Starting the Ending

My dad asked me the other day how I come up with endings for my books, and my response was, “Uhhhh…well…um…yeah…I…I don’t know.  I mean…I just do.”

So yeah, that’s not very helpful.  But it did make me realize that while I have talked extensively about how to begin a book, I haven’t really touched on the ending at all.  I think the reason for that is that it never seemed like something I’d need to talk about.  See, I hate to brag, but the endings for my books usually just come to me.  About halfway through the book, I’ll have a small revelation while I’m writing that will clearly detail how my book is going to end.  And then I go, “Ohhh, so that’s how it’ll end!” and then I keep writing.  And when I get to the end of the book, I write the ending pretty much how I imagined it, and that’s that.  I might just have assumed that it happens for everyone that way, and I might just have been wrong.

So we’re going to talk a bit about conclusions today.  But first!  There is a character in Grotesque named Dinah.  She is a six-year-old girl, and I don’t like her name.  So I’m going to change it (God I’m starting a lot of sentences with “So” today), and for the first time ever, YOU are going to get to help decide.  I figure you just got done voting for president, so you’re in the voting spirit.  I’ve created a nice little poll here for you to use.  Go ahead and vote.  Please only do it once.  I disabled the thing that uses Cookies to prevent you from voting multiple times because I don’t really like Cookies (of the computational variety).  Yes there are only two choices, but that is because the others (I use www.babynames.com to find names that have appropriate meanings) were unappealing to me.  E.g. Chipo, Donatella, Matias, etc.  The name meaning I was going for was “Gift.”  So here’s the poll:

UPDATE: The poll doesn’t appear to be showing up, so if you can’t see it, just vote using the comments.  The two names are Nita and Danya.

I’ve already talked too long, and there aren’t even pictures, so I’ll probably split this into two posts so you don’t get bored.  I’ll just do a brief introduction to Ending the Novel.

The ending for your book is largely up to you, and it is honestly very hard to pin down any universal rules for writing it.  Here’s why: If you want to make your ending vague, that’s up to you.  If you are planning on writing one or more sequels to your book, that changes how the ending is going to be.  If your favorite color is blue, then you might write an ending entirely differently from a person whose favorite color is puce.  Here’s my opinion on endings: I once wrote a Facebook status after reading the series that begins with Blue is for Nightmares, by Laurie Faria Stolarz.  I finished reading the last book in the series, and then I said, “How can you even think to contrive a happily ever after that is more like a mildly happy present with a fairly good chance of a felicitous outcome? The ending to a book shouldn’t read like a weather forecast!”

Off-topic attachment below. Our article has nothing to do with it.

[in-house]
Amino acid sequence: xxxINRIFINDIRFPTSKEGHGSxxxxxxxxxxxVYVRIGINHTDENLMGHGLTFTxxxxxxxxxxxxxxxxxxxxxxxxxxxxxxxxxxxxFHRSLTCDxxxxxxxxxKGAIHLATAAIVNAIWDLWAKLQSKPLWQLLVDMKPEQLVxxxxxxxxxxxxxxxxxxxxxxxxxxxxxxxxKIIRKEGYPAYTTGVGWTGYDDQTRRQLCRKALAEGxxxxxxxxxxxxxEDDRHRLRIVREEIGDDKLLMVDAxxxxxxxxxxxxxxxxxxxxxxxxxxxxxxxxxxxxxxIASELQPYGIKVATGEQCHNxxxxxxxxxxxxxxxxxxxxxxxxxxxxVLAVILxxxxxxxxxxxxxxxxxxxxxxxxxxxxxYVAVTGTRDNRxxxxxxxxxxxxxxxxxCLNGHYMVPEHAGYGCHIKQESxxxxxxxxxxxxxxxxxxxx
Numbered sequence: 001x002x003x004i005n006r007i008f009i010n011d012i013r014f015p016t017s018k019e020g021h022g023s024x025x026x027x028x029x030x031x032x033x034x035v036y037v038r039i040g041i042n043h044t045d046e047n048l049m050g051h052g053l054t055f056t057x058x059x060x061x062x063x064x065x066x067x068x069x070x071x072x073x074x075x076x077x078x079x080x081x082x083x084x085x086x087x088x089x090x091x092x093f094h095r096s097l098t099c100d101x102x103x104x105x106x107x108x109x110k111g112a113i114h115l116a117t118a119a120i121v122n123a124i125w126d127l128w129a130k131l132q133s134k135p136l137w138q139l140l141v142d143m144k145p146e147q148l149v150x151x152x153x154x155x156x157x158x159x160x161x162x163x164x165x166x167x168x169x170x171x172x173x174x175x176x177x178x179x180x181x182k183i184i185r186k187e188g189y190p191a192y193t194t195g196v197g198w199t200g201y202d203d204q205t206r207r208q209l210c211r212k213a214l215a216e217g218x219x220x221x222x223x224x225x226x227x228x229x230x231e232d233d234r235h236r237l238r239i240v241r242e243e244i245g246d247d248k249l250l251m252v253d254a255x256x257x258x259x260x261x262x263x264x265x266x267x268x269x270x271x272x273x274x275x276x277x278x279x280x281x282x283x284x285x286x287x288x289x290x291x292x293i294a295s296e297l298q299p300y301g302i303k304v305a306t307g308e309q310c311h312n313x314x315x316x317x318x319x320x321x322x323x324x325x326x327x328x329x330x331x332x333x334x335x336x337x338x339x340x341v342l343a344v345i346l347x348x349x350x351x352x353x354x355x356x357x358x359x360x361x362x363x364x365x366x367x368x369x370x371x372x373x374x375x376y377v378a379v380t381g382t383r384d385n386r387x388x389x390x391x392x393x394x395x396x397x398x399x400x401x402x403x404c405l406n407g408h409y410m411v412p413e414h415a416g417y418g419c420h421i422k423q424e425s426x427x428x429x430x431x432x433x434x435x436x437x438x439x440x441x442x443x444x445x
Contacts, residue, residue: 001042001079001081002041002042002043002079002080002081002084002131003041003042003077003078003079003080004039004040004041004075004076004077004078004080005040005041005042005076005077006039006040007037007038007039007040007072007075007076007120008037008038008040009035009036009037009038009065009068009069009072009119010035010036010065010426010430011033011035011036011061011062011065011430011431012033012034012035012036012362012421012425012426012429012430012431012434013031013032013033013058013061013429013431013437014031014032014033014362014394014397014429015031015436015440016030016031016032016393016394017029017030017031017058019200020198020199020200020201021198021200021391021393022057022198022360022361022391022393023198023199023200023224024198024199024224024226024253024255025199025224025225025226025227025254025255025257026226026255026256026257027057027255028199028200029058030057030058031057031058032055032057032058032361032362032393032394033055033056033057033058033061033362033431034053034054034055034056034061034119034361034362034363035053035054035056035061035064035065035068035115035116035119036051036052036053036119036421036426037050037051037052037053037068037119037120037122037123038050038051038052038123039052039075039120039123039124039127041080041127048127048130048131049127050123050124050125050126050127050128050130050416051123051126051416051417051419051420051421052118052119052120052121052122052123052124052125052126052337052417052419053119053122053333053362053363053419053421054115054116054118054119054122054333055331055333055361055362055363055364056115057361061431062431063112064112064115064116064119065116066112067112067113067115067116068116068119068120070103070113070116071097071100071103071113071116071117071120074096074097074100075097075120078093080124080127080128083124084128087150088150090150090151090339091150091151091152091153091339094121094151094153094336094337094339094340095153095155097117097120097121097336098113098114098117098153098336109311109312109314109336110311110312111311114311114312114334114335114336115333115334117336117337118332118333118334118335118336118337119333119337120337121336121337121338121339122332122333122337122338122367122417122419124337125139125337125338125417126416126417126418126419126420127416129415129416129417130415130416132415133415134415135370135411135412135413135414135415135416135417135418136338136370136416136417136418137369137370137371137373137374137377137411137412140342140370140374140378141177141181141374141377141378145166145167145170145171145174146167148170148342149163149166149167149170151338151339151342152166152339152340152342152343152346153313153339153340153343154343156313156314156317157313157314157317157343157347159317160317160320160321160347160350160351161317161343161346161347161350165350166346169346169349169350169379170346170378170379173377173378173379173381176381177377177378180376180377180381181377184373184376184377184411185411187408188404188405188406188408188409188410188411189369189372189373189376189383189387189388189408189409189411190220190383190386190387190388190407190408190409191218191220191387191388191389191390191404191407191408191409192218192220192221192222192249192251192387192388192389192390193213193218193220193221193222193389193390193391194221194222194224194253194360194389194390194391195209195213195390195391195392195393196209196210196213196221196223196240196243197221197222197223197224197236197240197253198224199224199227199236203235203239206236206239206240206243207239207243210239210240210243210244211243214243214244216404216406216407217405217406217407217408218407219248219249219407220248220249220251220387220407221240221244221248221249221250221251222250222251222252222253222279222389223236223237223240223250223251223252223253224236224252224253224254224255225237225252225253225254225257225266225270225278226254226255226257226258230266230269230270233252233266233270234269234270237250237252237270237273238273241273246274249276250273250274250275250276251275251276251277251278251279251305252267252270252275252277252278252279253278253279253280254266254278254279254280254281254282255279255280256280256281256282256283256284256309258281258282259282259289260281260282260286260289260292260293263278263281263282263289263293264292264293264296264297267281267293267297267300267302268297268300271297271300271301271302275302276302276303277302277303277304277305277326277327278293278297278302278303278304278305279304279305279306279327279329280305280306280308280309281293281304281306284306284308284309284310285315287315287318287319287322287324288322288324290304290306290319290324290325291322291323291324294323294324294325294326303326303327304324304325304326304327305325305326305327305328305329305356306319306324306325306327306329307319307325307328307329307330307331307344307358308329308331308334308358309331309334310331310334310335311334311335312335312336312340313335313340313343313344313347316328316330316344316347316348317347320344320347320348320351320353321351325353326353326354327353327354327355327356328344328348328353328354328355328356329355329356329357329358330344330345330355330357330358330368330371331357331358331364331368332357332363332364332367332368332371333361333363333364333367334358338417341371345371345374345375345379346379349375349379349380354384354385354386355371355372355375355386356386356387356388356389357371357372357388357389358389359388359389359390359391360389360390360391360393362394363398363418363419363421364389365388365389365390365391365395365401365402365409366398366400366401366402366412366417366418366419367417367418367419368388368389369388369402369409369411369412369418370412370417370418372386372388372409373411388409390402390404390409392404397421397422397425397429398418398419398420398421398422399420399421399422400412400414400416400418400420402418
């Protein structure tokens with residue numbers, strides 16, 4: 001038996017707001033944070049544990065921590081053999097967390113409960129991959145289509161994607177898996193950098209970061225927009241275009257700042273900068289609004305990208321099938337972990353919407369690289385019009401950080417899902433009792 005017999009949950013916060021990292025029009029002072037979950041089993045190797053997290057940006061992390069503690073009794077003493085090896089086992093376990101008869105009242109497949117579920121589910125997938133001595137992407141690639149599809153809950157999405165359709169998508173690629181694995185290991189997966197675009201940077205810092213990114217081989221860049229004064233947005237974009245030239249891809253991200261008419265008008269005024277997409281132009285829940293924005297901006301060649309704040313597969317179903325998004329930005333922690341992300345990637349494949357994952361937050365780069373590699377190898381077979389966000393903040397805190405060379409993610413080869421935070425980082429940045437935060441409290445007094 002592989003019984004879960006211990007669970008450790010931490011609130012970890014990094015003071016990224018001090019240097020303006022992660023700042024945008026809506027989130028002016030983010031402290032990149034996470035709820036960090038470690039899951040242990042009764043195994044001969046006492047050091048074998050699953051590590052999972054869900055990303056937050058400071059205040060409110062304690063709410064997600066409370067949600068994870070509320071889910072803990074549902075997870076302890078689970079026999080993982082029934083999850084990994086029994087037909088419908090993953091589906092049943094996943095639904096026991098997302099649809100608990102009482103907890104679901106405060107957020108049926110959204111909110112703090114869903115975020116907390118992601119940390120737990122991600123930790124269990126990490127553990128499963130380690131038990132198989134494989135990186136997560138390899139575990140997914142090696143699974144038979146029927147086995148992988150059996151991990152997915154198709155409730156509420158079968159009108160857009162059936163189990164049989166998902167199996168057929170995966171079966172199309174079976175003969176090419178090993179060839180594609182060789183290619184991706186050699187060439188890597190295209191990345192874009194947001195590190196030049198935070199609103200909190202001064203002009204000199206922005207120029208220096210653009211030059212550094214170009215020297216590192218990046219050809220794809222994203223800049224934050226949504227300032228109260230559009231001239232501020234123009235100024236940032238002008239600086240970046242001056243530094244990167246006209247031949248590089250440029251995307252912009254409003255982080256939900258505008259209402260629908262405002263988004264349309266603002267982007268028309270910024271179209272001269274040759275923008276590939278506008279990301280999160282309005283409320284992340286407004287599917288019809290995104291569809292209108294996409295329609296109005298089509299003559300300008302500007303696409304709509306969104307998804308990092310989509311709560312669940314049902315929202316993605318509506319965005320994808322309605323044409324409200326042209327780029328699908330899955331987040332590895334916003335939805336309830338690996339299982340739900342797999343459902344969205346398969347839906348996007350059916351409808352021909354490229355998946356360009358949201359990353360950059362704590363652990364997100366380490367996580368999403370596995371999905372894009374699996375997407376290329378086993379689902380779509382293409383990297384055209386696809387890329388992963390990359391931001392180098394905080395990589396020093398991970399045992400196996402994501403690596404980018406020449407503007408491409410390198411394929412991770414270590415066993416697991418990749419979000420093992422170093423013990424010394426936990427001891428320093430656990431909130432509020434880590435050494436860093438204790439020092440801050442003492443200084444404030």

That’s my opinion.  I’ve read a lot of books for work recently that have had really inconclusive and frustrating endings.  If you’re going to write an ending for your book, then write it with conviction.  Even if it’s vague, or purposefully inconclusive, write it like you mean it.  Trust me, it shows.  Your book shouldn’t just peter out once the story’s wound down.  Okay, I’ll talk more about this with more pictures in another post.  For now, enjoy strip #2 of Writer’s Block!

(Click to enlarge)

Word of the Day: Contrive (v) – To plan with ingenuity; devise; invent.

P.S. Results for the Poll will be posted next week sometime, or whenever I get around to writing the next post.

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8 Comments

Filed under books, Comic, Humor, writing

8 responses to “Starting the Ending

  1. I vote Danya. Nita reminds me of what they’d name a hurricane.

  2. It showed up initially, then disappeared. No worries, I haven’t figured that stuff out myself!

  3. Thanks so much for your patience and feedback. It looks like it’s showing up for everyone but me. I’m still going to leave the note up there about voting in the comments, just to cover my bases.

  4. That’s how my endings come to me as well. I wonder how they come to those who plot meticulously from the get-go? I’m determined to find such a person and ask now!

    • Just stand on the street with a sign that says, “Are you a writer who plots your story meticulously from the get-go?” I’m sure no one will find that weird, and that you will get the answer to your question. If you do, let me know. I’m curious about that as well.

  5. I hate endings where it seems like the writer just got tired of writing. Indeed.

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